The Securities and Exchange Commission's recent proposals aimed at easing the burdens of providers bringing new exchange-traded funds to market should make new ETF launches an easier proposition while fostering even more product creativity, said investment management sources.
Last week the SEC proposed rules aimed squarely at the $569 billion and growing ETF marketplace which, at the end of January 2008, included more than 600 investment products.
"ETFs are one of the most popular innovations in pooled investments in the last quarter century," said SEC Chairman Christopher Cox in announcing the proposed regulations.
Proposed Rule 6c-11 to the Investment Company Act of 1940 would allow ETFs to operate without first having to formally obtain an individual SEC exemptive action. The new rule would codify the predominance of previously granted exemptive relief actions to new ETFs seeking to list and trade shares on an exchange.
ETFs have been required to seek such explicit exemptive relief from the SEC because ETFs, first created in 1993, do not neatly fit into the types of investments allowed under the 1940 Act which was enacted by Congress 68 years ago.
That exemptive relief process, once an agonizing nine- to 12-month waiting game has, in recent times, already been shortened to a matter of a few weeks, said Tim Meyer, ETF business manager at Rydex Investments of Rockville, Md.
Quicker to Market
That once-extensive waiting period had been a competitive disadvantage to early ETF industry participants hoping to launch their innovative new ETF before the competition.
The newly proposed regulation, the substance and language of which the SEC has not yet released for public comment, would do away with that one-off SEC ETF exemptive blessing and in most cases allow ETF sponsors to register for offering from the start. The SEC would still be required to review and green light the offerings of individual ETFs as it has been doing with ETFs from the start and for decades with mutual funds. But such broad exemptive relief would allow the regulator to focus on more novel and difficult requests.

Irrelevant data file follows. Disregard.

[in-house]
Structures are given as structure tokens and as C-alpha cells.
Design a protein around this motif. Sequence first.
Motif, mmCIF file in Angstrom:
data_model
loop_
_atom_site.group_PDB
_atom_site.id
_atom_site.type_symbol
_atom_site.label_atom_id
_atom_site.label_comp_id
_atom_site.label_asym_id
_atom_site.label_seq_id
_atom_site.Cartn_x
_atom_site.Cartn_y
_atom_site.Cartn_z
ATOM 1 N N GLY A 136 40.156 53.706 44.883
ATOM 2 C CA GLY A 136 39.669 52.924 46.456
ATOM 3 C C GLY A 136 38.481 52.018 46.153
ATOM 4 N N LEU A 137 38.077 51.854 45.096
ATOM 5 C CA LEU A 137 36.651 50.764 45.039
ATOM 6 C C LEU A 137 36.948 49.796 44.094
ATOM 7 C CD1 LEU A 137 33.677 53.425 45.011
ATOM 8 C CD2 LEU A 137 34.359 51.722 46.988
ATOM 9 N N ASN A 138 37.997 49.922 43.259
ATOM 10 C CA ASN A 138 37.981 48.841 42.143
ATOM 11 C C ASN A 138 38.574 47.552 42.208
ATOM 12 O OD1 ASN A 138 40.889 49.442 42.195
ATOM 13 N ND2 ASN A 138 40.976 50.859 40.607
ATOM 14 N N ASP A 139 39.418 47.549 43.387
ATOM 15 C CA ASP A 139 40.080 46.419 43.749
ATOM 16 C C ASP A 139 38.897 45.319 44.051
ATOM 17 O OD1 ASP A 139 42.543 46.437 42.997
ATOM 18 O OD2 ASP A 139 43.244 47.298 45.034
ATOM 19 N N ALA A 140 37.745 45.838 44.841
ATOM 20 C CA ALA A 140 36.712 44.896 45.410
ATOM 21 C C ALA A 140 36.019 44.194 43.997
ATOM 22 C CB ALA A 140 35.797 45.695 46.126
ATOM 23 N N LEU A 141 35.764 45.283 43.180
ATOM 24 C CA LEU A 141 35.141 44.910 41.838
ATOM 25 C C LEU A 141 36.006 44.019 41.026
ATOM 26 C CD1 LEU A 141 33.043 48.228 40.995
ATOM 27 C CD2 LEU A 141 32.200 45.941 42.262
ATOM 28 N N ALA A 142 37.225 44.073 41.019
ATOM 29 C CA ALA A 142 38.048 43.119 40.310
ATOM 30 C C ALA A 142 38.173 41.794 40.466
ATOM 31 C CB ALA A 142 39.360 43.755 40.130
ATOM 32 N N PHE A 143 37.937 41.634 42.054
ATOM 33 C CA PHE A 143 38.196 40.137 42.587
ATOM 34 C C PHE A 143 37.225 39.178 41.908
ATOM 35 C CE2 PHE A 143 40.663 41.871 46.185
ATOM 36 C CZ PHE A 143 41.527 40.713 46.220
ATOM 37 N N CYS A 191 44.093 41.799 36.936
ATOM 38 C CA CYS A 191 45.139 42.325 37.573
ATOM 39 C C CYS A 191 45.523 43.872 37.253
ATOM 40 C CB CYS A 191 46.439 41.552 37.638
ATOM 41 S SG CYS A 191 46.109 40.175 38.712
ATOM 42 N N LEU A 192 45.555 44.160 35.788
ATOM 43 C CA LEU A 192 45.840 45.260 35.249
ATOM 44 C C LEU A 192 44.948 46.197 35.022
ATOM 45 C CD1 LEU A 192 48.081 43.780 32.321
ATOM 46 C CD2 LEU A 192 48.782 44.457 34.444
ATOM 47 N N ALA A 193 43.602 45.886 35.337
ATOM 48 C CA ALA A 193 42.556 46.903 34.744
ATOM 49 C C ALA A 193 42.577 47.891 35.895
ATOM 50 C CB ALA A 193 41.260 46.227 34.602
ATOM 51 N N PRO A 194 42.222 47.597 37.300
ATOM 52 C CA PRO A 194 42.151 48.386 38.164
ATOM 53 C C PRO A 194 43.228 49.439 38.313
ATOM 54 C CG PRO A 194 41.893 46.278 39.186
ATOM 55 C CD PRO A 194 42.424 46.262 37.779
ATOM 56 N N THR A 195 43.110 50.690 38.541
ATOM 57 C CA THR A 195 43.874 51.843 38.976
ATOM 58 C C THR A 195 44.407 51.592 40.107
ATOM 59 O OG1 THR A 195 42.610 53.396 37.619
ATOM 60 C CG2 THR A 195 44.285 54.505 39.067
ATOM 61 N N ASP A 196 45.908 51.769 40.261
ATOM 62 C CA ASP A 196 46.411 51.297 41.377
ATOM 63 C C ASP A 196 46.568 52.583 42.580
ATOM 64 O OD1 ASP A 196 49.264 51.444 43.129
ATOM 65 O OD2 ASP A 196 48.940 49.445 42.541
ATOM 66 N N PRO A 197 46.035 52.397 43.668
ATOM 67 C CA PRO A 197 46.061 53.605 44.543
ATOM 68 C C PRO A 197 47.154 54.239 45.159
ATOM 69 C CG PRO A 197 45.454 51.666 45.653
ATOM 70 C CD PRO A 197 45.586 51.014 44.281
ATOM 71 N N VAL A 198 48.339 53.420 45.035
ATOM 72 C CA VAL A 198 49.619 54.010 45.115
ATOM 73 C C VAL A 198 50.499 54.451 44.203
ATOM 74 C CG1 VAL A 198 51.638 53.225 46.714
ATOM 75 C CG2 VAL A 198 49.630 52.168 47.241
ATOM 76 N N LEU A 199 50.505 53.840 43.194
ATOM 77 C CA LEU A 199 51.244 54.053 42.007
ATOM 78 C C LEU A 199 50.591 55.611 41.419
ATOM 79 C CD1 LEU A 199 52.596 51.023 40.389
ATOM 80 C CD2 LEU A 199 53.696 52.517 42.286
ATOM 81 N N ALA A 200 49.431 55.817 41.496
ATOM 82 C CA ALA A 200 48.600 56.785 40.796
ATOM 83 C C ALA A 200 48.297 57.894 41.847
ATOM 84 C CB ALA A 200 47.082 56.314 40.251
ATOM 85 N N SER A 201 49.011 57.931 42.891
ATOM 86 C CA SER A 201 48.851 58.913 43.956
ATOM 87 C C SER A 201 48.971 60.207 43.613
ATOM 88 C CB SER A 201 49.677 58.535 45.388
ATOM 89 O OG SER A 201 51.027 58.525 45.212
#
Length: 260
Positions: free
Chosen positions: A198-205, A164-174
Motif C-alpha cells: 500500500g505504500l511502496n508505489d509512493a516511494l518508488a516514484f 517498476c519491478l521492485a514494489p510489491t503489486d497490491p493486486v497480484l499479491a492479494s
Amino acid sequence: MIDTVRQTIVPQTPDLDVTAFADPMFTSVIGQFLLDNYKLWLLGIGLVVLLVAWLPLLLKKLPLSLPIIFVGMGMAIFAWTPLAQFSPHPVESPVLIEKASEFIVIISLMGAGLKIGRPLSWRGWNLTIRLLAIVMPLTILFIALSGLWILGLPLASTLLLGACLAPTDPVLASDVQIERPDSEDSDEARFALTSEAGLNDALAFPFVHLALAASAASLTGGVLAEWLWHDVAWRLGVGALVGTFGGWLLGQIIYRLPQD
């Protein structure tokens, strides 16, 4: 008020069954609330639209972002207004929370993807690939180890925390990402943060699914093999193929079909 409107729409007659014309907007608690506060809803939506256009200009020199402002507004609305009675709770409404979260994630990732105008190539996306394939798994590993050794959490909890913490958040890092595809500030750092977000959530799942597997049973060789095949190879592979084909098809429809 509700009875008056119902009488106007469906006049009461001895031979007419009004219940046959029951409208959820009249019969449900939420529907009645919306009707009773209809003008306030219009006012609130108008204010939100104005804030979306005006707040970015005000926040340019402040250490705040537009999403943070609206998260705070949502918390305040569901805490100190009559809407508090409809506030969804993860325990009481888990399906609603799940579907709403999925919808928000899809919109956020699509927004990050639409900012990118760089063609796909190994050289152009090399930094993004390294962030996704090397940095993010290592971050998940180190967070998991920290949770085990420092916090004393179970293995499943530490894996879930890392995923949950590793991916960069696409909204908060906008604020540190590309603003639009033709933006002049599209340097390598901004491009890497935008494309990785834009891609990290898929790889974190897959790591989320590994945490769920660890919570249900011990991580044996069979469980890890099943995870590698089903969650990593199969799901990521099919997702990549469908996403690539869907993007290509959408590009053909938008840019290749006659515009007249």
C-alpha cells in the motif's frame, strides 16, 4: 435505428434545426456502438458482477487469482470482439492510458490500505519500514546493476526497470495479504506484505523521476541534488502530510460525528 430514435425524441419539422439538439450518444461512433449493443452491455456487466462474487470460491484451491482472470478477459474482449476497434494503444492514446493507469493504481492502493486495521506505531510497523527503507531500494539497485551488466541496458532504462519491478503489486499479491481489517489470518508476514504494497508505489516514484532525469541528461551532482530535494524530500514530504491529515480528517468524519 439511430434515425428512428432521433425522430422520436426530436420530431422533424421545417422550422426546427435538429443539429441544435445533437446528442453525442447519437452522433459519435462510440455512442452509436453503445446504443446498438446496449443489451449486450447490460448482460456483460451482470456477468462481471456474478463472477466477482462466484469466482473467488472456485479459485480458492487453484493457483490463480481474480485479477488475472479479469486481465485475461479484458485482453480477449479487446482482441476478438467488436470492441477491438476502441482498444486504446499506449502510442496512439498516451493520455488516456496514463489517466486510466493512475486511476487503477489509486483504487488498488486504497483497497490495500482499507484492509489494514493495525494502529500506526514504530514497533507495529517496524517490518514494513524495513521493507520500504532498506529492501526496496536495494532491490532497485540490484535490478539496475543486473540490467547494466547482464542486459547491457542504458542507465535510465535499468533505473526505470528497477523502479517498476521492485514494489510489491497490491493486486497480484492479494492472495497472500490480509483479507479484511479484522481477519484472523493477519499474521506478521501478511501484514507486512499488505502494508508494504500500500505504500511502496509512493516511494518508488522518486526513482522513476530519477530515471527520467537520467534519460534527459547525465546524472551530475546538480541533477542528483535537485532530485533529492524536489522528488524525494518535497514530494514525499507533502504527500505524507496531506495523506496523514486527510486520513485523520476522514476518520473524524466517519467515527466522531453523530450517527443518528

To facilitate the registration of new ETFs, the SEC proposes to amend the standard registration form N-1A, making it applicable for ETFs as well as mutual funds. Additionally, that would now allow ETFs to also issue summary - or so-called profile - prospectuses.
Last fall the SEC re-floated the idea of allowing mutual fund sponsors to issue abbreviated summary prospectuses to investors instead of the complete versions. The comment period on the summary prospectus proposal closed two weeks ago, and the SEC staff is now examining comments and suggestions received, Cox confirmed.
The new SEC proposals include adding Rule 12d1-4, which would allow investment companies to make larger investments in ETFs than the maximum 3% now permitted. This rule is in recognition of the fact that more and more mutual funds are investing in ETFs, Cox said. Fund managers often invest in ETFs to gain exposure to a market segment or sector.
The True Regulatory Impact
The real impact of the SEC's new ETF proposals may not be fully realized until 2009, predicted W. John McGuire, partner in the investment management practice with Washington-based law firm Morgan Lewis. "This is a great step, but it's just a step," he said, noting that it will make it easier for new firms seeking to bring ETFs to market.
Also of interest is the fact that the SEC is doing away with the exemptive relief requirement for both conventional passively-managed ETFs as well as newer actively managed ETFs, McGuire said.
Earlier this month, the SEC gave permission for the introduction of actively-managed ETFs which will operate through a managed account and offer once-per-day transparency of holdings. Four ETF sponsors received regulatory approval: Barclays Global, Bear Stearns, PowerShares and WisdomTree. That means the SEC is okay with the concepts behind the operation of actively managed ETFs, at least until they are road-tested, McGuire added.
"I think we will see some additional products that seek to take full advantage of this new environment," said Bruce Lavine, president and COO of WisdomTree Investments of New York. "I think ETFs will be front and center and one of the most innovative places to be in the financial services industry."
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